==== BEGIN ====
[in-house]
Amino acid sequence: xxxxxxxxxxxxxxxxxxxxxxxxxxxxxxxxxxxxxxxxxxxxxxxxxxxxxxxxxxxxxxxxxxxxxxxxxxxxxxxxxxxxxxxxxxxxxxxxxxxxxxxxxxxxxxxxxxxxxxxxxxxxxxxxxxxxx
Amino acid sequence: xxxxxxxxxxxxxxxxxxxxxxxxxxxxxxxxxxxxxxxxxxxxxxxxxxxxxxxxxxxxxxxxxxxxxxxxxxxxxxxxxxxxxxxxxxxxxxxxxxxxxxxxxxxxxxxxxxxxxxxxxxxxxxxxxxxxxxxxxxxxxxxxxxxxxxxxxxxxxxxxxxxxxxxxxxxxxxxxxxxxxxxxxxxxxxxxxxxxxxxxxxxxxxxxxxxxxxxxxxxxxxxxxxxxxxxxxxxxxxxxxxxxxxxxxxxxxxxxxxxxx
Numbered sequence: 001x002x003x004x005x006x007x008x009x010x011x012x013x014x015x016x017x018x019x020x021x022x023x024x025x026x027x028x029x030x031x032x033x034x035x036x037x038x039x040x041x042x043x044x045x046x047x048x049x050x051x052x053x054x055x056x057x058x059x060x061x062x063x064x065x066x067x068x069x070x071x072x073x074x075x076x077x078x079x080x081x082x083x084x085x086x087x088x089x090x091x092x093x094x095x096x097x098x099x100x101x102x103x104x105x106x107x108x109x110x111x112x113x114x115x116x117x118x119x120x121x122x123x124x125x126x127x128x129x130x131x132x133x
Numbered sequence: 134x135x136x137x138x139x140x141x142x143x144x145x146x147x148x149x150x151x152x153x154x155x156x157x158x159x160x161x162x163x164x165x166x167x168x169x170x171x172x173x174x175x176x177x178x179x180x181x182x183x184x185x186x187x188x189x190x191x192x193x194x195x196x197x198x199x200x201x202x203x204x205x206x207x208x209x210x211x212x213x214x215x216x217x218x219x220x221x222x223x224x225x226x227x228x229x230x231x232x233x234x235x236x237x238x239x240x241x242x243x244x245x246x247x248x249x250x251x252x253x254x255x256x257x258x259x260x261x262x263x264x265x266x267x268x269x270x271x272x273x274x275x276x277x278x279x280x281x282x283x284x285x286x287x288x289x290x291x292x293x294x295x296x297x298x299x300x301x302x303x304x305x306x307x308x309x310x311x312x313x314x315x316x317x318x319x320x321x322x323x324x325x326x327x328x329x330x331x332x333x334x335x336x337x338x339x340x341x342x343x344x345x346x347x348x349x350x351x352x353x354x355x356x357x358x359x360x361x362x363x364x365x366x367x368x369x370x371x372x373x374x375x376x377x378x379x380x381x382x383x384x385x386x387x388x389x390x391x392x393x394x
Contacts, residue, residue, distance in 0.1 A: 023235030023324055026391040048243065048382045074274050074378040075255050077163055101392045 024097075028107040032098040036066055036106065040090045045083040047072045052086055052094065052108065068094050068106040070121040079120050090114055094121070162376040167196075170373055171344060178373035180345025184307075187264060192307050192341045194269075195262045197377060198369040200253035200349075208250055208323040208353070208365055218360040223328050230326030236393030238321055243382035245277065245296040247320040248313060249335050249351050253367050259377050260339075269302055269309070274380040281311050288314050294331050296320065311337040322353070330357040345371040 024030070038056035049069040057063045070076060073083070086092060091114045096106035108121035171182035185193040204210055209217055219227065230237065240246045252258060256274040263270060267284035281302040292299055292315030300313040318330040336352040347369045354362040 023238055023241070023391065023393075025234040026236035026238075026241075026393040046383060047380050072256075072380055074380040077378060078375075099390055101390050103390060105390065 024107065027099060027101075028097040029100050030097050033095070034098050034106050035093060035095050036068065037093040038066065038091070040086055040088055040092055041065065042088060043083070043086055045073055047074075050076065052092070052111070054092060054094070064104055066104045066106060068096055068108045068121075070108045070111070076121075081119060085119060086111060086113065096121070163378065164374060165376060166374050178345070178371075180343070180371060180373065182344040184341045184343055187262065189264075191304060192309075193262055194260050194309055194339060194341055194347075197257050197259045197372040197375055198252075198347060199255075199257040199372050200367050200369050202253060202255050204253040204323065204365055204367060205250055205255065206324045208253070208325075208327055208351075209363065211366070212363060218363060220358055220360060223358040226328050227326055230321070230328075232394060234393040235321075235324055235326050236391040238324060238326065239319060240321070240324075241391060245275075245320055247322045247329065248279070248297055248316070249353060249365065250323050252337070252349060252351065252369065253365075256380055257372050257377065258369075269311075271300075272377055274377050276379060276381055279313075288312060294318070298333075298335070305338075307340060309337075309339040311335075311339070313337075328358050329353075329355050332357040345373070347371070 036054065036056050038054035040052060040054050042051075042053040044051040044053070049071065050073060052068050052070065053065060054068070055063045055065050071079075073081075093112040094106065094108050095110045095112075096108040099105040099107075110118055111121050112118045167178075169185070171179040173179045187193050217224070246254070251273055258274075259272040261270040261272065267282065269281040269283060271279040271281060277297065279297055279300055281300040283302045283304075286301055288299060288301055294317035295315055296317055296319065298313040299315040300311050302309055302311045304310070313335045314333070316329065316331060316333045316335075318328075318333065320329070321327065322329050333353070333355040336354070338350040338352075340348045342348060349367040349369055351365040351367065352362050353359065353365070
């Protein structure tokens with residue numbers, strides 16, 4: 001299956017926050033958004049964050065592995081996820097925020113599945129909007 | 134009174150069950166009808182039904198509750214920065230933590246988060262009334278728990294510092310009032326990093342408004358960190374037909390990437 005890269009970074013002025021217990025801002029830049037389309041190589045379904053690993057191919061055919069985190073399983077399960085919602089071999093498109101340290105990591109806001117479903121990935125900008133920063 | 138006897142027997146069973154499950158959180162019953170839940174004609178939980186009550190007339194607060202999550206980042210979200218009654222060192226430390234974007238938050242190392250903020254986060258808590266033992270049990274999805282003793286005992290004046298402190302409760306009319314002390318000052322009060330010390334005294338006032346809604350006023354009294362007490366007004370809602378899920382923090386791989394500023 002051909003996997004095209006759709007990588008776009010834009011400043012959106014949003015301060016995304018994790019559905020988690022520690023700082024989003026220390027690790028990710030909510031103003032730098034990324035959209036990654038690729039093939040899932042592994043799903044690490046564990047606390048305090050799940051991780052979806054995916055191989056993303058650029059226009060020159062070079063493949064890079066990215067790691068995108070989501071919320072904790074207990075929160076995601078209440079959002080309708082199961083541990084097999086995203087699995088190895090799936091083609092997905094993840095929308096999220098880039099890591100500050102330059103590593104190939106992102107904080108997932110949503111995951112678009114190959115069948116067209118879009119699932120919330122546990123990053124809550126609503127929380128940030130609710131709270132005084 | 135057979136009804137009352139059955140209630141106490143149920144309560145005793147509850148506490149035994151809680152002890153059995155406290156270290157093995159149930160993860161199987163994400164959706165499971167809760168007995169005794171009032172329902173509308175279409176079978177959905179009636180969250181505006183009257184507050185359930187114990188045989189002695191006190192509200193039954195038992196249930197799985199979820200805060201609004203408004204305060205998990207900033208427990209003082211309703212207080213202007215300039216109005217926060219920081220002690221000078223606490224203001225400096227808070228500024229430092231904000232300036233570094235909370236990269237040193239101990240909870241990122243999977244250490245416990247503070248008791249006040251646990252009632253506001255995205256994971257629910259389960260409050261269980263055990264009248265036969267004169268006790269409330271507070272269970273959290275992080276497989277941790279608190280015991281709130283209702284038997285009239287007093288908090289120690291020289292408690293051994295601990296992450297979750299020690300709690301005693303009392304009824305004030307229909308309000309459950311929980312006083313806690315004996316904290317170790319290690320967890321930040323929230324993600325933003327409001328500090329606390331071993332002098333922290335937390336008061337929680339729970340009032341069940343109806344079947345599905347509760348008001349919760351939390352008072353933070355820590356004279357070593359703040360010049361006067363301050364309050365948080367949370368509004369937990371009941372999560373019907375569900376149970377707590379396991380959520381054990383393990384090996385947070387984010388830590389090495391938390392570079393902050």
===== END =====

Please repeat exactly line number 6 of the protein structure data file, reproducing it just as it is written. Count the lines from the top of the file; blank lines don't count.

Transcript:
Contacts, residue, residue, distance in 0.1 A: 023235030023324055026391040048243065048382045074274050074378040075255050077163055101392045 024097075028107040032098040036066055036106065040090045045083040047072045052086055052094065052108065068094050068106040070121040079120050090114055094121070162376040167196075170373055171344060178373035180345025184307075187264060192307050192341045194269075195262045197377060198369040200253035200349075208250055208323040208353070208365055218360040223328050230326030236393030238321055243382035245277065245296040247320040248313060249335050249351050253367050259377050260339075269302055269309070274380040281311050288314050294331050296320065311337040322353070330357040345371040 024030070038056035049069040057063045070076060073083070086092060091114045096106035108121035171182035185193040204210055209217055219227065230237065240246045252258060256274040263270060267284035281302040292299055292315030300313040318330040336352040347369045354362040 023238055023241070023391065023393075025234040026236035026238075026241075026393040046383060047380050072256075072380055074380040077378060078375075099390055101390050103390060105390065 024107065027099060027101075028097040029100050030097050033095070034098050034106050035093060035095050036068065037093040038066065038091070040086055040088055040092055041065065042088060043083070043086055045073055047074075050076065052092070052111070054092060054094070064104055066104045066106060068096055068108045068121075070108045070111070076121075081119060085119060086111060086113065096121070163378065164374060165376060166374050178345070178371075180343070180371060180373065182344040184341045184343055187262065189264075191304060192309075193262055194260050194309055194339060194341055194347075197257050197259045197372040197375055198252075198347060199255075199257040199372050200367050200369050202253060202255050204253040204323065204365055204367060205250055205255065206324045208253070208325075208327055208351075209363065211366070212363060218363060220358055220360060223358040226328050227326055230321070230328075232394060234393040235321075235324055235326050236391040238324060238326065239319060240321070240324075241391060245275075245320055247322045247329065248279070248297055248316070249353060249365065250323050252337070252349060252351065252369065253365075256380055257372050257377065258369075269311075271300075272377055274377050276379060276381055279313075288312060294318070298333075298335070305338075307340060309337075309339040311335075311339070313337075328358050329353075329355050332357040345373070347371070 036054065036056050038054035040052060040054050042051075042053040044051040044053070049071065050073060052068050052070065053065060054068070055063045055065050071079075073081075093112040094106065094108050095110045095112075096108040099105040099107075110118055111121050112118045167178075169185070171179040173179045187193050217224070246254070251273055258274075259272040261270040261272065267282065269281040269283060271279040271281060277297065279297055279300055281300040283302045283304075286301055288299060288301055294317035295315055296317055296319065298313040299315040300311050302309055302311045304310070313335045314333070316329065316331060316333045316335075318328075318333065320329070321327065322329050333353070333355040336354070338350040338352075340348045342348060349367040349369055351365040351367065352362050353359065353365070